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Weekend Life

Learning to Grow: Chrysanthemums consistently steal the autumn show

Chrysanthemums look festive lined up in a window box, dotted among foundation plantings, along walkways and through flower beds, or grouped together in containers like a wheel barrel.
Chrysanthemums look festive lined up in a window box, dotted among foundation plantings, along walkways and through flower beds, or grouped together in containers like a wheel barrel.

Today, I’m going to let you in on a secret that, as a gardener with a reputation to think about, I probably shouldn’t share: I love autumn.

I love everything about this time of year, from the chill in the air to the gourds on tables and pumpkins on porches.

I love picking apples and baking them into pies or dipping them in caramel. I love the shortened days and the smell of smoke wafting out of chimneys high above the hearth where I know there’s a crackling fire.

The truth is, I’d like to take this whole season out for a hot cider, and maybe try to hold its hand while we walk home beneath a big, gold harvest moon.

F. Scott Fitzgerald wrote that life starts all over again when it gets crisp in the fall. He may have been a fool in love, but when it comes to the weather, I think the old boy was onto something.

We all know that autumn is the time to get bulbs like tulips and daffodils in the ground. It’s also a great time to plant, or transplant, trees, shrubs, and some perennials as well.

The cooler air temperatures and warmer soils help many plants get established quickly. And you won’t have to worry about the stress a long, hot, dry summer can place on your new additions. If you’ve planned your garden for fall interest, the ornamental grasses, asters, sedums, helianthus (perennial sunflower), and heliopsis (false sunflower) are having their day, well, in the sun.

But the plant that consistently steals the autumn show, and my heart, is the chrysanthemum. With colorful blooms that last for weeks, and hundreds of cultivars to choose from, finding the perfect plant for your space is simple.

They look festive lined up in a window box or grouped in containers, and are darling dotted among foundation plantings, along walkways, and through flowerbeds. Mums are photoperiodic, which means they love the shorter days as much as I do, and bloom in response to the change in length.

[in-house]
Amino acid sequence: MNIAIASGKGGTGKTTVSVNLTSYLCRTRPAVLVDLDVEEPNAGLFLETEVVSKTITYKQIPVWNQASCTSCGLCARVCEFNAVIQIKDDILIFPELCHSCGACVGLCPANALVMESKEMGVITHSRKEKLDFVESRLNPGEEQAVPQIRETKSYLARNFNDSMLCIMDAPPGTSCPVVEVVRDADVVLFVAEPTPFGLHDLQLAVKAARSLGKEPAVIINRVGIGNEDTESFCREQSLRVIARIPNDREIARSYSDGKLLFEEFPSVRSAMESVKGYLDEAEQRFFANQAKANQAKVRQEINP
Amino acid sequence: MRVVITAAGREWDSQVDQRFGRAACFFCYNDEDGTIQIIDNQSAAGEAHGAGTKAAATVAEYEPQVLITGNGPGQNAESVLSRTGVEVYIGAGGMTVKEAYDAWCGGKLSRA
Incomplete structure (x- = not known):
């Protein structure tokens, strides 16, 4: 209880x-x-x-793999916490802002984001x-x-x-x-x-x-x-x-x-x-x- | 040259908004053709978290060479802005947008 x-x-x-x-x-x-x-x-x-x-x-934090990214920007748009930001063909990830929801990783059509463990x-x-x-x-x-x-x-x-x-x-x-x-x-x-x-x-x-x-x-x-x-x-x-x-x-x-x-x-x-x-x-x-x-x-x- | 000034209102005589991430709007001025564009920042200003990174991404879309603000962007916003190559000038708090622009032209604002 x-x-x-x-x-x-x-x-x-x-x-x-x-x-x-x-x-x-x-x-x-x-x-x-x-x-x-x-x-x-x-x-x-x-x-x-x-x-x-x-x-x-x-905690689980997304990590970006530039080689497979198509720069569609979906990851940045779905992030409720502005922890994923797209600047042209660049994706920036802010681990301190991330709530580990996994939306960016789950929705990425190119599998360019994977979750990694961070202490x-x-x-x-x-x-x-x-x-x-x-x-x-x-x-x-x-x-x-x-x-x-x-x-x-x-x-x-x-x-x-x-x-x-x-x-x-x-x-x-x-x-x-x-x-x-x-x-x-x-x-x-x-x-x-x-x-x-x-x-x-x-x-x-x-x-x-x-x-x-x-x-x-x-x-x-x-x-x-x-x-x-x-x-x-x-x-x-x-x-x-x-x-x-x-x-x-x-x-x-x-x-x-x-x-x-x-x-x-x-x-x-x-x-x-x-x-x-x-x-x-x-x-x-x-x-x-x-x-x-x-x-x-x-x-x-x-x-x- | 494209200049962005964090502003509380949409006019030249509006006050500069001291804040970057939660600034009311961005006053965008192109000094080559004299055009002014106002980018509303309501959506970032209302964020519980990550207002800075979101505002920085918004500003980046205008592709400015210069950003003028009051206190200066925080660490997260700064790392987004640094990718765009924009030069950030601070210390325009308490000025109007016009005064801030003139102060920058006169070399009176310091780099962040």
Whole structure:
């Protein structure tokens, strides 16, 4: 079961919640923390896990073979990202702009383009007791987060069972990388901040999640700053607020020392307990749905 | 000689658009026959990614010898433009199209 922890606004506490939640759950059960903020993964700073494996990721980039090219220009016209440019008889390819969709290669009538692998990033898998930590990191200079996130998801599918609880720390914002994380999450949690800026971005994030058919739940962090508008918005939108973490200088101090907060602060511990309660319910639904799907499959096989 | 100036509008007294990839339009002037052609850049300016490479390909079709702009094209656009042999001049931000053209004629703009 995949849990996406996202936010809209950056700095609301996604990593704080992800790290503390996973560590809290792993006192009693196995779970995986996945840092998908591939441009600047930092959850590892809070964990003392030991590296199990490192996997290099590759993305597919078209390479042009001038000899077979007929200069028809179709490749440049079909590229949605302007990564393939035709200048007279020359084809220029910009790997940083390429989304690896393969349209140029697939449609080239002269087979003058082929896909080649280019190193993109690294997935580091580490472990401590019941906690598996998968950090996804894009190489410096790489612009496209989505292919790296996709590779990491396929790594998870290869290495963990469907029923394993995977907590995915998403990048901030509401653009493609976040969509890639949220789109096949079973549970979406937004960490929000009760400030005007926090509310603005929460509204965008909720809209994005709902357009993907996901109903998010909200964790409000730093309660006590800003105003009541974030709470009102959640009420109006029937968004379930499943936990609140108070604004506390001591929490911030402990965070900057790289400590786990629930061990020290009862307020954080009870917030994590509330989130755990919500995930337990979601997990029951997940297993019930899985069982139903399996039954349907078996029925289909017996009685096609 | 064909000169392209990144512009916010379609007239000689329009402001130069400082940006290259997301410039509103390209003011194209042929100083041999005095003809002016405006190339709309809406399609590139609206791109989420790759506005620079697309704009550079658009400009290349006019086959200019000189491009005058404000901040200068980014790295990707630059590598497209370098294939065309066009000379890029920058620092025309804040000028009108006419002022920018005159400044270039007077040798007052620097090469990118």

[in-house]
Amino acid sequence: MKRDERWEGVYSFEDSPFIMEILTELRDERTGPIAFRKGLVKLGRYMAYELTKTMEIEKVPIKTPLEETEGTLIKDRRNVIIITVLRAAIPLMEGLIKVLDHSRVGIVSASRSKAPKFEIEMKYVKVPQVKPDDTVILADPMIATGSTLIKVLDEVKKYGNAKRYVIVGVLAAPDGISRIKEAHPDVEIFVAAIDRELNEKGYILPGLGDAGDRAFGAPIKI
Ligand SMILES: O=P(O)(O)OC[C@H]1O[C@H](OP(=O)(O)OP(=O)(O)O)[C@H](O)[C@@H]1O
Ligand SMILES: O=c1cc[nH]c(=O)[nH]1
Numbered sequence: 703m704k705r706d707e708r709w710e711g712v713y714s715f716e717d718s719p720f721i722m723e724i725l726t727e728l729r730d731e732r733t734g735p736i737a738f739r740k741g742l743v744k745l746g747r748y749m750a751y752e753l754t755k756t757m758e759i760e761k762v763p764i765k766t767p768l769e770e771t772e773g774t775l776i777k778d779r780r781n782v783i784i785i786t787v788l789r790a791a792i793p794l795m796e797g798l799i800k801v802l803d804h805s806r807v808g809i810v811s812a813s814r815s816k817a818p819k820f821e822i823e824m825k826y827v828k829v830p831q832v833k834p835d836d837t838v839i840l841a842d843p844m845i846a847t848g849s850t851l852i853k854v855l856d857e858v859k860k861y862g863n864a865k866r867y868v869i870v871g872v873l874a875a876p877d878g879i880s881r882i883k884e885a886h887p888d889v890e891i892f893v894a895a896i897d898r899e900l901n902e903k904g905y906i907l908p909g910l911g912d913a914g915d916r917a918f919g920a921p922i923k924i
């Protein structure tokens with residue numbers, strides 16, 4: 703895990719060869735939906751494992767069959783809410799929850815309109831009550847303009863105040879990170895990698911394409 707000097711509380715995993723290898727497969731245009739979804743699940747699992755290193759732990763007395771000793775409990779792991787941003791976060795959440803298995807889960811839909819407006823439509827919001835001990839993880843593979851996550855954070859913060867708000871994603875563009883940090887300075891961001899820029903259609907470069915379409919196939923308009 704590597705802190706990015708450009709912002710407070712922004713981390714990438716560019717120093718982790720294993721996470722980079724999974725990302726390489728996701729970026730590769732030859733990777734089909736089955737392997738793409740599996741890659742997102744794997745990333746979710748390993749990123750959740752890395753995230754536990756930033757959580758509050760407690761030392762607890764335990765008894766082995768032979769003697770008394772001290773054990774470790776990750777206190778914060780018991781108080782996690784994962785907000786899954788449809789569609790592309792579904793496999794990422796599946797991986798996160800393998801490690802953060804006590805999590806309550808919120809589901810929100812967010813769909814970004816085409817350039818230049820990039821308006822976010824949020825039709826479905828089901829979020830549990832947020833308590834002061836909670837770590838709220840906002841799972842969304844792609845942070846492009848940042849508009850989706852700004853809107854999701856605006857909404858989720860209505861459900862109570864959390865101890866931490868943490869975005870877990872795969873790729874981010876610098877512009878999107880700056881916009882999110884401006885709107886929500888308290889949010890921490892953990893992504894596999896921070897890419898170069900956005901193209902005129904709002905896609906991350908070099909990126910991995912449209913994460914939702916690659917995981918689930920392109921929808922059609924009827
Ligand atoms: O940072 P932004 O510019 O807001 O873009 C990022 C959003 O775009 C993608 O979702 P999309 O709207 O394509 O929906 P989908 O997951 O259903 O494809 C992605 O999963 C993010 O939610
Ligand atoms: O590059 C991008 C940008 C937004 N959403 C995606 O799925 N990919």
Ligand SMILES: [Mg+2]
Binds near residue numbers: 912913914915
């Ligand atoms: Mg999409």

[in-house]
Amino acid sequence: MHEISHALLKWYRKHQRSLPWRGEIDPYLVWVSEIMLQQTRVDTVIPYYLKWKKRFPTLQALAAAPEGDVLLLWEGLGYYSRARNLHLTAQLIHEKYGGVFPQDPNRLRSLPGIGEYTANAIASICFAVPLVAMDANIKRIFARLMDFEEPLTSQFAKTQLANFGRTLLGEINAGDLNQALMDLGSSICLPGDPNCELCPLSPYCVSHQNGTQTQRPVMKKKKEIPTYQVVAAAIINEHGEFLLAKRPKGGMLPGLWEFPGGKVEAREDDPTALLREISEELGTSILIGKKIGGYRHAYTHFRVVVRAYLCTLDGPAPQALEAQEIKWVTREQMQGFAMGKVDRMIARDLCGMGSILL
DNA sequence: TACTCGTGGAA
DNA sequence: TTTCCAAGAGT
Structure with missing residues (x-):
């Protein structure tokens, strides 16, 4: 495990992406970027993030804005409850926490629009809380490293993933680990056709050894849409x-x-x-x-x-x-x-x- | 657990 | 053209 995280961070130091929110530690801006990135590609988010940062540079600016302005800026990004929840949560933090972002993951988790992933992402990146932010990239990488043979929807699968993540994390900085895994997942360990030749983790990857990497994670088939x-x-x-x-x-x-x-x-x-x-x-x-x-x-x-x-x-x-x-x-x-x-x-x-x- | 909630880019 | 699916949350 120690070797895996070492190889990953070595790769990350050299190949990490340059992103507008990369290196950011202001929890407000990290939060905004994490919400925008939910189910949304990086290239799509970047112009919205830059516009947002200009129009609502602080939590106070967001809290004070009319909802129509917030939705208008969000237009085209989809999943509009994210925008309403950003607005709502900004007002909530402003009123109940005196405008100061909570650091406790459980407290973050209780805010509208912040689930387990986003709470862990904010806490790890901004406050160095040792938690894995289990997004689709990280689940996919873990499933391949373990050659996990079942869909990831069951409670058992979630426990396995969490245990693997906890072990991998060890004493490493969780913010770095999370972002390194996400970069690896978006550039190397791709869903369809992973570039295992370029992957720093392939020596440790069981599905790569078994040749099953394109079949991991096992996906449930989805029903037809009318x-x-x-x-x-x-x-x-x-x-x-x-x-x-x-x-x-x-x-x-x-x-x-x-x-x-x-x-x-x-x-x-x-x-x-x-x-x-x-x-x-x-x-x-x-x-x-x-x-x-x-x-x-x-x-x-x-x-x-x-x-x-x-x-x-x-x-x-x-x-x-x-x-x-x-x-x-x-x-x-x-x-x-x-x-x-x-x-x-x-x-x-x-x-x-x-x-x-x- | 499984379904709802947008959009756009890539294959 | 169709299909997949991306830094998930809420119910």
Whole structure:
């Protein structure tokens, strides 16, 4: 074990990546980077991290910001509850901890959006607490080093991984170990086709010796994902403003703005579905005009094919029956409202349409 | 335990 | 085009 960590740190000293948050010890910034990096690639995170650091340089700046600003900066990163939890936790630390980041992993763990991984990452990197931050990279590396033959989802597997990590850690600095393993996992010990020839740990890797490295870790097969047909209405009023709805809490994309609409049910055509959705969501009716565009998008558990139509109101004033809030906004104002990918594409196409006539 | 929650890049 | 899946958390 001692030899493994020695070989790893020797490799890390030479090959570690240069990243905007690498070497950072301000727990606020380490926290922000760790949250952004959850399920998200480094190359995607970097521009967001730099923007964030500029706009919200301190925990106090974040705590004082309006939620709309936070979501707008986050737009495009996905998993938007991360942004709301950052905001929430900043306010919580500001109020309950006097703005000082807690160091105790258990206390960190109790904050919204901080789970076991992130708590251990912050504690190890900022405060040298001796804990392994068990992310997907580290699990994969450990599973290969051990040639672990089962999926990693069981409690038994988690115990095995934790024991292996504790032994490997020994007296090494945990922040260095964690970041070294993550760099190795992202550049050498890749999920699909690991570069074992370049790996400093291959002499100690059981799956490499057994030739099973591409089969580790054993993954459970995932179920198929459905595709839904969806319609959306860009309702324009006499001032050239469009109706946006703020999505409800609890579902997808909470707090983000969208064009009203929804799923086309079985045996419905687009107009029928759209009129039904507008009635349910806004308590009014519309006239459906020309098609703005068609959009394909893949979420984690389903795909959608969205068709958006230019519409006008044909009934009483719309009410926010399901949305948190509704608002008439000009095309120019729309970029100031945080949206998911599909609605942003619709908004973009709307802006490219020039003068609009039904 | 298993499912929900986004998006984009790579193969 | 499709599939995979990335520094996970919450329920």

And since a wide variety of mums are hardy from zones 5-9, with a little care they can be grown as perennials as well as annuals here in Illinois.

When shopping for mums, you may notice that two types are commonly available – garden mums and florist mums.

While florist mums have large flowers with various types of, often showy, blooms, they have been greenhouse grown and are intended for indoor or short-term outdoor use.

Due to their fragile root system they will never survive a winter outside. Garden mums, on the other hand, produce stolons, horizontal underground shoots, that better equip them to face northern winters and survive from year to year.

If you do hope to overwinter your mums, planting in the spring is recommended, but you may have luck in the fall if you get them in the ground early – at least six weeks before the first hard frost, mulch heavily, and resist pruning them back, as the old foliage aids their survival. Even then they may not make it.

But something else to love about this season is the day you rake the last of the leaves and mulch the last shrub. You can wish your garden sweet dreams, and put it to bed.

• Sarah Marcheschi is a University of Illinois Extension master gardener for Kane County. Call the Extension office at 630-584-6166.


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